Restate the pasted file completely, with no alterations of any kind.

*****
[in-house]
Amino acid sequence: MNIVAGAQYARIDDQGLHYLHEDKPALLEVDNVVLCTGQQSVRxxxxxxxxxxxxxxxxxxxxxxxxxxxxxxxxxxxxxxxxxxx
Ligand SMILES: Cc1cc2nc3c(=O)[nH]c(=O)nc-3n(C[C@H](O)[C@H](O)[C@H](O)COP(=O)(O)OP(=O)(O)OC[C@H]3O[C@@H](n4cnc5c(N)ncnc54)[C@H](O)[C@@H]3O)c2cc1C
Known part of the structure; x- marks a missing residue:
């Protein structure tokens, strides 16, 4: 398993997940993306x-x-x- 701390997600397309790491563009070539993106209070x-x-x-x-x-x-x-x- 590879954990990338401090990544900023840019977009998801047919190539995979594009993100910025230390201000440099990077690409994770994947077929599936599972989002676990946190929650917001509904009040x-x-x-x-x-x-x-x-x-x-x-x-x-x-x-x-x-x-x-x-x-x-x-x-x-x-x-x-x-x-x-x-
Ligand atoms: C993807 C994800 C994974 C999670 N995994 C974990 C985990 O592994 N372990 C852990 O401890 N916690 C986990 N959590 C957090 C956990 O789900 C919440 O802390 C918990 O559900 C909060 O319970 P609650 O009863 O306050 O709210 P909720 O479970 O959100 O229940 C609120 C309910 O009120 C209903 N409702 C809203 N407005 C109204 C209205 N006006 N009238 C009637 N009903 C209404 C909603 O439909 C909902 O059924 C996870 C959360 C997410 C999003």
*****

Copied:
[in-house]
Amino acid sequence: MNIVAGAQYARIDDQGLHYLHEDKPALLEVDNVVLCTGQQSVRxxxxxxxxxxxxxxxxxxxxxxxxxxxxxxxxxxxxxxxxxxx
Ligand SMILES: Cc1cc2nc3c(=O)[nH]c(=O)nc-3n(C[C@H](O)[C@H](O)[C@H](O)COP(=O)(O)OP(=O)(O)OC[C@H]3O[C@@H](n4cnc5c(N)ncnc54)[C@H](O)[C@@H]3O)c2cc1C
Known part of the structure; x- marks a missing residue:
């Protein structure tokens, strides 16, 4: 398993997940993306x-x-x- 701390997600397309790491563009070539993106209070x-x-x-x-x-x-x-x- 590879954990990338401090990544900023840019977009998801047919190539995979594009993100910025230390201000440099990077690409994770994947077929599936599972989002676990946190929650917001509904009040x-x-x-x-x-x-x-x-x-x-x-x-x-x-x-x-x-x-x-x-x-x-x-x-x-x-x-x-x-x-x-x-
Ligand atoms: C993807 C994800 C994974 C999670 N995994 C974990 C985990 O592994 N372990 C852990 O401890 N916690 C986990 N959590 C957090 C956990 O789900 C919440 O802390 C918990 O559900 C909060 O319970 P609650 O009863 O306050 O709210 P909720 O479970 O959100 O229940 C609120 C309910 O009120 C209903 N409702 C809203 N407005 C109204 C209205 N006006 N009238 C009637 N009903 C209404 C909603 O439909 C909902 O059924 C996870 C959360 C997410 C999003």